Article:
“Volkswagen has admitted it used software to deceive regulators in the United States and Europe from 2006 to 2015.”
"Liang’s lawyer…urged [Judge] Cox to consider a sentence of house arrest, saying Liang was not a ‘mastermind’ of the emissions fraud. Liang ‘blindly executed a misguided loyalty to his employer…’
"Federal prosecutor … countered that Liang was a pivotal figure…
“A prison term ‘would send a powerful deterrent message to the rest of the industry’…”
I’m not sure, but it seems like Liang is one of the first to get sentenced here. There are eight VW executives, mostly above him, that have been charged, so it’s not like the programmer alone was getting scapegoated. He probably provided valuable testimony on the higher ups. I think further sentencing remains to occur.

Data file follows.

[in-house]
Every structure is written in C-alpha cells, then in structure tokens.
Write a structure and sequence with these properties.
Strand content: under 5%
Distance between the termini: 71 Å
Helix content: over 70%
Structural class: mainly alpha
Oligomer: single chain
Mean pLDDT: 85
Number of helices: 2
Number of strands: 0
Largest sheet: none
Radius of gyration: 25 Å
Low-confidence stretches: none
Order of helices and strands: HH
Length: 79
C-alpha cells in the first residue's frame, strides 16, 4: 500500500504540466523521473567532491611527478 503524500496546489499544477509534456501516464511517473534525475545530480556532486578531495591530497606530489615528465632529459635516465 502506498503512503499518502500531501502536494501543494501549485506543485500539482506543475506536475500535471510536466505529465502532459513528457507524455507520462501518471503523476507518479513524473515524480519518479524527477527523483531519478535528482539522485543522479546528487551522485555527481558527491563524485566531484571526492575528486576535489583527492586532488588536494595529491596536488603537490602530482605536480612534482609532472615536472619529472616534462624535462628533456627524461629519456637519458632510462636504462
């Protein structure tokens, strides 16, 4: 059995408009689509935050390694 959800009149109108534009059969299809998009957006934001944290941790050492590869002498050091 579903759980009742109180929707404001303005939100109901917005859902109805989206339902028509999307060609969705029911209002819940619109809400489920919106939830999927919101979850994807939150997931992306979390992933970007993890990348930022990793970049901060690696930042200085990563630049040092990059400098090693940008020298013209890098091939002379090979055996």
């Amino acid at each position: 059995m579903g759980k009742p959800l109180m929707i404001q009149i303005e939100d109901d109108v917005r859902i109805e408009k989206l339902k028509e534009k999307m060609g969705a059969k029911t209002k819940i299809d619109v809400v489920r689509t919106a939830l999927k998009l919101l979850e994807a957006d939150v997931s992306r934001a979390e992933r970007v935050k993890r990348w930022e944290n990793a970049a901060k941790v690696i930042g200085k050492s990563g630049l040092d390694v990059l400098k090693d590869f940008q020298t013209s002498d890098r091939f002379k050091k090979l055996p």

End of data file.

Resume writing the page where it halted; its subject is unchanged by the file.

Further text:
In any event, probably good to say no if asked to code something that contributes to an illegal activity. Or at the least, make sure you at least have plausible deniability if you do so.
[Edit: last line, awkwardly written, should have been more clearly ironic/sarcastic, so as not to be taken as an actual suggestion. I’ve been angry about the use of “plausible deniability” tactic since I first came across the concept in a William Safire column about Reagan and the Contras.]